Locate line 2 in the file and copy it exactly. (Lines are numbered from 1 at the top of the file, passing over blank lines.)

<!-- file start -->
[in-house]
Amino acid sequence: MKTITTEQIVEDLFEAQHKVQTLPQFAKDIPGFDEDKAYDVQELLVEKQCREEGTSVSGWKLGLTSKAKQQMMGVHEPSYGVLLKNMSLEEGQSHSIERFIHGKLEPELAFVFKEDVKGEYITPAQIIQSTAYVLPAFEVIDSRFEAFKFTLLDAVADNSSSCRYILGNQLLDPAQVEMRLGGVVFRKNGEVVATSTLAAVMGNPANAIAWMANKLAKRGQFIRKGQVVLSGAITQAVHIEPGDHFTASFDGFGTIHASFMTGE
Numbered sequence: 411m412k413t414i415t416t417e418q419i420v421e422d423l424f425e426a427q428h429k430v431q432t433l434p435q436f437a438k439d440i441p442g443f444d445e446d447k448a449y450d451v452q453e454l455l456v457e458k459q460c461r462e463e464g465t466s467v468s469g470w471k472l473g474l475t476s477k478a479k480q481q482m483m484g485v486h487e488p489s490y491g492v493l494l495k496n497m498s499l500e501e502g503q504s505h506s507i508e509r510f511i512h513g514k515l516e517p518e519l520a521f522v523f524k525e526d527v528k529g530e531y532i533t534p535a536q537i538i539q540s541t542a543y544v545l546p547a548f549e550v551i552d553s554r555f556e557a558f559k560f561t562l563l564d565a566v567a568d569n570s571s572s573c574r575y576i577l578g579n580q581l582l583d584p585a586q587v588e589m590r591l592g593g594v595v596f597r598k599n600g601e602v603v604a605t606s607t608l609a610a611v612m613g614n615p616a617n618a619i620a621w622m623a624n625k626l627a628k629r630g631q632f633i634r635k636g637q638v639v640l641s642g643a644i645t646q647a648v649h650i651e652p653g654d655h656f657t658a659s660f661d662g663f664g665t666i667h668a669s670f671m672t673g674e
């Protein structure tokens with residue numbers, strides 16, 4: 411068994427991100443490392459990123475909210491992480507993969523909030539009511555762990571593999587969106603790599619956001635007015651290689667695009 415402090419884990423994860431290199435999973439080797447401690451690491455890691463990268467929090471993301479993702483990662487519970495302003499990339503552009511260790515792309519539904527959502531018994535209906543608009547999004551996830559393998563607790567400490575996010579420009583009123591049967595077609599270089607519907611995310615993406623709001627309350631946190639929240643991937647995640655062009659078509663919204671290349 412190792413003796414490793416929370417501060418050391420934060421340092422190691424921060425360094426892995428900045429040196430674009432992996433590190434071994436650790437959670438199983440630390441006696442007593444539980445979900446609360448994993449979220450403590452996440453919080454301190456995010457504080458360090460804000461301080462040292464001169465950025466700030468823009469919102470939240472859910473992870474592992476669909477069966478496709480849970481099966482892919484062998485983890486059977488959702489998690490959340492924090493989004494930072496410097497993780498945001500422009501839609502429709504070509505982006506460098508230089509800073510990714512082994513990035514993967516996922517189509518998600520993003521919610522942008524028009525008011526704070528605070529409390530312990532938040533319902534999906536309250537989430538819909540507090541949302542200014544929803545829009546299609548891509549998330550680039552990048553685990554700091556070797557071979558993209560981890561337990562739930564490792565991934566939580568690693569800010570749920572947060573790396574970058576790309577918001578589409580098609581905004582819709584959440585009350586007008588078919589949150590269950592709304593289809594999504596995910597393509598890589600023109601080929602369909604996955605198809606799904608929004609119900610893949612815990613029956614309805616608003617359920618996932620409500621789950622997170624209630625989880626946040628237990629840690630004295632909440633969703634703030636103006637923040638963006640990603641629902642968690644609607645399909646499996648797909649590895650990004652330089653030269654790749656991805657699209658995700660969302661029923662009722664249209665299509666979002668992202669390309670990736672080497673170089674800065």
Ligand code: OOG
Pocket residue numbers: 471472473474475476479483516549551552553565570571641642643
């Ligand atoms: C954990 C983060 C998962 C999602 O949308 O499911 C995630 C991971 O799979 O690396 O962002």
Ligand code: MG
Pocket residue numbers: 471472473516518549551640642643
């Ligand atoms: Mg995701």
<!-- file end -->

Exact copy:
Amino acid sequence: MKTITTEQIVEDLFEAQHKVQTLPQFAKDIPGFDEDKAYDVQELLVEKQCREEGTSVSGWKLGLTSKAKQQMMGVHEPSYGVLLKNMSLEEGQSHSIERFIHGKLEPELAFVFKEDVKGEYITPAQIIQSTAYVLPAFEVIDSRFEAFKFTLLDAVADNSSSCRYILGNQLLDPAQVEMRLGGVVFRKNGEVVATSTLAAVMGNPANAIAWMANKLAKRGQFIRKGQVVLSGAITQAVHIEPGDHFTASFDGFGTIHASFMTGE